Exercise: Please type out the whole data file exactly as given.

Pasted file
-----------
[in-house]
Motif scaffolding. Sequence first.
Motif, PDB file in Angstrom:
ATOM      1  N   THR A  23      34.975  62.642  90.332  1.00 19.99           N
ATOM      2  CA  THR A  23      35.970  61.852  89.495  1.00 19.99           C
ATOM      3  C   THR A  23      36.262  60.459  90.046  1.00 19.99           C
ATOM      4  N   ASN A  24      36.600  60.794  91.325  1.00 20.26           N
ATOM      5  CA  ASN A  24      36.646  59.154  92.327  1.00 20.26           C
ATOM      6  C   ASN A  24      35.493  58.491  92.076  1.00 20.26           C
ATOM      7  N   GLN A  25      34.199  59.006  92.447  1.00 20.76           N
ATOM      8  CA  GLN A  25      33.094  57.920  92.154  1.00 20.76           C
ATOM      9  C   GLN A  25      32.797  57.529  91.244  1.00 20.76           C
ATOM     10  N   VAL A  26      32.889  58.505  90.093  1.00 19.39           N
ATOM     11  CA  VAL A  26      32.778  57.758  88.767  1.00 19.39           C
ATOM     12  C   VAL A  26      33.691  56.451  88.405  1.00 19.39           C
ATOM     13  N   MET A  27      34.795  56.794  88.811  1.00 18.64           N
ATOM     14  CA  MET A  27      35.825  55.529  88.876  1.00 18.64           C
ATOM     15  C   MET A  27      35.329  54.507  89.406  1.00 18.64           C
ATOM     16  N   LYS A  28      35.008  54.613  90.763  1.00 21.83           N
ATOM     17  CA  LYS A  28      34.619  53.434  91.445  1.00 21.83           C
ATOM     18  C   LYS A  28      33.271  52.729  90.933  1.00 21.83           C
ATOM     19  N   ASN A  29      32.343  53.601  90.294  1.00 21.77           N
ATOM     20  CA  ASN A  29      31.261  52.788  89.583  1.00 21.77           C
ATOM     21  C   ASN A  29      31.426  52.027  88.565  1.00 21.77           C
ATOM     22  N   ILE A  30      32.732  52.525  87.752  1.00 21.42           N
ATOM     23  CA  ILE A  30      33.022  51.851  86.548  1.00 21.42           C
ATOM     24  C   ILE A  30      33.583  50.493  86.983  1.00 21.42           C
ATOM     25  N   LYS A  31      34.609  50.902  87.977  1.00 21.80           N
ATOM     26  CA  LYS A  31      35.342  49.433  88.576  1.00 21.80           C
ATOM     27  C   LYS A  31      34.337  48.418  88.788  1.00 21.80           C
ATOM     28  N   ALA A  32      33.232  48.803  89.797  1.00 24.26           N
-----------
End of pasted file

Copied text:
[in-house]
Motif scaffolding. Sequence first.
Motif, PDB file in Angstrom:
ATOM      1  N   THR A  23      34.975  62.642  90.332  1.00 19.99           N
ATOM      2  CA  THR A  23      35.970  61.852  89.495  1.00 19.99           C
ATOM      3  C   THR A  23      36.262  60.459  90.046  1.00 19.99           C
ATOM      4  N   ASN A  24      36.600  60.794  91.325  1.00 20.26           N
ATOM      5  CA  ASN A  24      36.646  59.154  92.327  1.00 20.26           C
ATOM      6  C   ASN A  24      35.493  58.491  92.076  1.00 20.26           C
ATOM      7  N   GLN A  25      34.199  59.006  92.447  1.00 20.76           N
ATOM      8  CA  GLN A  25      33.094  57.920  92.154  1.00 20.76           C
ATOM      9  C   GLN A  25      32.797  57.529  91.244  1.00 20.76           C
ATOM     10  N   VAL A  26      32.889  58.505  90.093  1.00 19.39           N
ATOM     11  CA  VAL A  26      32.778  57.758  88.767  1.00 19.39           C
ATOM     12  C   VAL A  26      33.691  56.451  88.405  1.00 19.39           C
ATOM     13  N   MET A  27      34.795  56.794  88.811  1.00 18.64           N
ATOM     14  CA  MET A  27      35.825  55.529  88.876  1.00 18.64           C
ATOM     15  C   MET A  27      35.329  54.507  89.406  1.00 18.64           C
ATOM     16  N   LYS A  28      35.008  54.613  90.763  1.00 21.83           N
ATOM     17  CA  LYS A  28      34.619  53.434  91.445  1.00 21.83           C
ATOM     18  C   LYS A  28      33.271  52.729  90.933  1.00 21.83           C
ATOM     19  N   ASN A  29      32.343  53.601  90.294  1.00 21.77           N
ATOM     20  CA  ASN A  29      31.261  52.788  89.583  1.00 21.77           C
ATOM     21  C   ASN A  29      31.426  52.027  88.565  1.00 21.77           C
ATOM     22  N   ILE A  30      32.732  52.525  87.752  1.00 21.42           N
ATOM     23  CA  ILE A  30      33.022  51.851  86.548  1.00 21.42           C
ATOM     24  C   ILE A  30      33.583  50.493  86.983  1.00 21.42           C
ATOM     25  N   LYS A  31      34.609  50.902  87.977  1.00 21.80           N
ATOM     26  CA  LYS A  31      35.342  49.433  88.576  1.00 21.80           C
ATOM     27  C   LYS A  31      34.337  48.418  88.788  1.00 21.80           C
ATOM     28  N   ALA A  32      33.232  48.803  89.797  1.00 24.26           N